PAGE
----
Google is paying US$400 million to acquire Wi-Fi access provider ICOA, which owns or operates over 1,500 wireless hotspots and hot zones in the U.S.
The search giant and smartphone OS developer isn't proving details on its plans for those assets. Google officials were not immediately available to answer questions about the ICOA deal, which was announced Monday.
This isn't the first time, however, that Google has dabbled in wireless Internet access. It already offers a free wireless Internet service in Mountain View, California, called Google WiFi.
In June, Google signed a deal with Wi-Fi operator Boingo Wireless that allows New Yorkers to access Boingo's network of hotspots for free. In September, Google signed another deal with Boingo that included access to 4,000 hotspots across the U.S for a limited period.
The deal to acquire ICOA would allow Google to offer free access using its own network and compete with operators, albeit on a limited basis if it doesn't decide to expand coverage significantly.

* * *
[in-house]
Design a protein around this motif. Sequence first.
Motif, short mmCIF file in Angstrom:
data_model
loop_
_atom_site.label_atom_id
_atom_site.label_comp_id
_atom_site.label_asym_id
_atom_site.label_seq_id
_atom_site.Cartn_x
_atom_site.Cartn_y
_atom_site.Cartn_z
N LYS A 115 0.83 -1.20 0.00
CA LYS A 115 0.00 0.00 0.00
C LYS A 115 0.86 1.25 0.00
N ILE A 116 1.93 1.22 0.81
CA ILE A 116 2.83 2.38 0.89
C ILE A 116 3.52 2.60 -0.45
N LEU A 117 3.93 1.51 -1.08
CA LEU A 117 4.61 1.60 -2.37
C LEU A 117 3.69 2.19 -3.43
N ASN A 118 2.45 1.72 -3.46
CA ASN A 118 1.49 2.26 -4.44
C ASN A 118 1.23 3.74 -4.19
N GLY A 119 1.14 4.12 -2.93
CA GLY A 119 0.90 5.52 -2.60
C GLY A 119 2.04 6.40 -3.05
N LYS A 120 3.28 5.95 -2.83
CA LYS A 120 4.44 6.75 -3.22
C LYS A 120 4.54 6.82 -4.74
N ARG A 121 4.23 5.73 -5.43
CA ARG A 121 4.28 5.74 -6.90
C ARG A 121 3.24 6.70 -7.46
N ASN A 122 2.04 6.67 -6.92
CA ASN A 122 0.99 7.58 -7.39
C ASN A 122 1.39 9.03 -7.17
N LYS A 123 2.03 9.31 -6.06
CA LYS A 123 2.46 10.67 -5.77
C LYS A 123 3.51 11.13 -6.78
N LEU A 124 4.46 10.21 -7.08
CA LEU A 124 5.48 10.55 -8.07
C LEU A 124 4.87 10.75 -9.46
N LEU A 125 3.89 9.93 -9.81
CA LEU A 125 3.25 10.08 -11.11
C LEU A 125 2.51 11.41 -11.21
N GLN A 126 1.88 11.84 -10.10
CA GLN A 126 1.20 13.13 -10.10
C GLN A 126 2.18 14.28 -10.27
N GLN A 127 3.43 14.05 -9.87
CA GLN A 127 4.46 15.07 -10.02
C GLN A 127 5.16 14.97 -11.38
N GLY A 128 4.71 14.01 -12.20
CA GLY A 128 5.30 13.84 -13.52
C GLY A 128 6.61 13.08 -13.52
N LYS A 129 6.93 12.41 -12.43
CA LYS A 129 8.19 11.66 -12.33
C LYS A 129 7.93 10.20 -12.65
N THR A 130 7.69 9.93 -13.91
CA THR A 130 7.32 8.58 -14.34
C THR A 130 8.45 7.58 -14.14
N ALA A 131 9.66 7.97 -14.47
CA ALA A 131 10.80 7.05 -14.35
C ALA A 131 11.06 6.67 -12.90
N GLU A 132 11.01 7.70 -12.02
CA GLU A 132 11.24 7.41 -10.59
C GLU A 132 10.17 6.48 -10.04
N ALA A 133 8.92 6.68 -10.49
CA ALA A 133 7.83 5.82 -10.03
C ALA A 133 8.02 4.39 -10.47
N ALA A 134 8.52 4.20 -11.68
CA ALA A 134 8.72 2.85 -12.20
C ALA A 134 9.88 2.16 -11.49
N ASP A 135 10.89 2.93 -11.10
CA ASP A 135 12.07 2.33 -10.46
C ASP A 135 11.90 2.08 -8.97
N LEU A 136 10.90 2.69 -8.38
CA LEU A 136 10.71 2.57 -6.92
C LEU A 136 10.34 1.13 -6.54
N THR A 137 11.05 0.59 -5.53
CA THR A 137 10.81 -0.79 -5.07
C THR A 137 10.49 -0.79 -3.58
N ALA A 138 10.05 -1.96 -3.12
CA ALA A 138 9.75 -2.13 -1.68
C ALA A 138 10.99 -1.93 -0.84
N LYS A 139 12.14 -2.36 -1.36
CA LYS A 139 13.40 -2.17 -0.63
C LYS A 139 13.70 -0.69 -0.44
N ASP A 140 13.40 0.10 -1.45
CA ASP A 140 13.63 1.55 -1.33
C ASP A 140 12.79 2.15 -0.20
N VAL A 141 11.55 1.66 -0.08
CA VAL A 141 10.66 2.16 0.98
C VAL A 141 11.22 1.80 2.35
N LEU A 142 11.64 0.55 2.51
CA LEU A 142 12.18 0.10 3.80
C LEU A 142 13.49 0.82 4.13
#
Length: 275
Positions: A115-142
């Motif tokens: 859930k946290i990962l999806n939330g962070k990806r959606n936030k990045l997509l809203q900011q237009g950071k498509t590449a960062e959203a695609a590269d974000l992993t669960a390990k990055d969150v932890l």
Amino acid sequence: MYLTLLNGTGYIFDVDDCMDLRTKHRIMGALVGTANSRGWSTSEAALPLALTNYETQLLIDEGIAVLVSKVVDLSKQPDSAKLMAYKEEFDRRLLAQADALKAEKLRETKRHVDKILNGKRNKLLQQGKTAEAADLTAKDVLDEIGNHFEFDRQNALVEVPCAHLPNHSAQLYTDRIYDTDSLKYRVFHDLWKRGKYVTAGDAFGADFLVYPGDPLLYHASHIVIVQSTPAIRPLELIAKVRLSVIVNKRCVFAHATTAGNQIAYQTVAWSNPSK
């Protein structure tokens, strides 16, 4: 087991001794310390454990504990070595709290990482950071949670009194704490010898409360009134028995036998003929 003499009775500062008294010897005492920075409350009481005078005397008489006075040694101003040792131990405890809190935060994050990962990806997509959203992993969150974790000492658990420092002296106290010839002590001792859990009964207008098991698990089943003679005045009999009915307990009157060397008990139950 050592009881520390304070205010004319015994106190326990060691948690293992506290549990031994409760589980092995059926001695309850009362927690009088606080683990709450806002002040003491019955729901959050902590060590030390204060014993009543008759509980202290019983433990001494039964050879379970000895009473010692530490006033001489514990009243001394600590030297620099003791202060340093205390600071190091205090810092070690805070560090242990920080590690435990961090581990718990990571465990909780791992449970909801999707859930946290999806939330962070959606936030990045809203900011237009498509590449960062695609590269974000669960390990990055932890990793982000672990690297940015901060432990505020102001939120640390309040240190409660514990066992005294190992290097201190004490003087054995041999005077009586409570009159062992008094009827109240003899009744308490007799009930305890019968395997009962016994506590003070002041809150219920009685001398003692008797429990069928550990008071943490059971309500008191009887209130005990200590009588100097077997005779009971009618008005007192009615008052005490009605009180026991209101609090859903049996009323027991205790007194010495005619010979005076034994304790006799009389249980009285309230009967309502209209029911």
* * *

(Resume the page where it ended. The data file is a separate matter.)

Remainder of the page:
As the amount of data traffic increases, so has also the importance of Wi-Fi as a way to offload cellular networks.
Mobile operators are working to better integrate cellular and Wi-Fi networks by allowing users to access both types of networks using their phone SIM cards, which would make it more difficult for Wi-Fi operators to compete.
ICOA's access points are located in airports, quick-service restaurants, hotels and motels, travel plazas and marinas. The company also provides back office solutions for hotspot operators and wireless service providers, according to a statement.
Google is also offering fiber-based television services and Internet access in Kansas City.
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